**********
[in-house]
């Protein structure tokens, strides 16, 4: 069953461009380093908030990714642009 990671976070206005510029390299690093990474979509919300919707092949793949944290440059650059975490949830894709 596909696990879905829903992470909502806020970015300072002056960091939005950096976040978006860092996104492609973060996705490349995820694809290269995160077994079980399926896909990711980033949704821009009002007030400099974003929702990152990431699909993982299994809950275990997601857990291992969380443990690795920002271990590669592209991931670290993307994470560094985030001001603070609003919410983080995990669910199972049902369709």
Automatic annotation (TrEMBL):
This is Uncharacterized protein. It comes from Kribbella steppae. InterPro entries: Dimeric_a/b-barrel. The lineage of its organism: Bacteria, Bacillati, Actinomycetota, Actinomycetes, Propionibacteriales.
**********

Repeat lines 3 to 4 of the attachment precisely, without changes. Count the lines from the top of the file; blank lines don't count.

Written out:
Automatic annotation (TrEMBL):
This is Uncharacterized protein. It comes from Kribbella steppae. InterPro entries: Dimeric_a/b-barrel. The lineage of its organism: Bacteria, Bacillati, Actinomycetota, Actinomycetes, Propionibacteriales.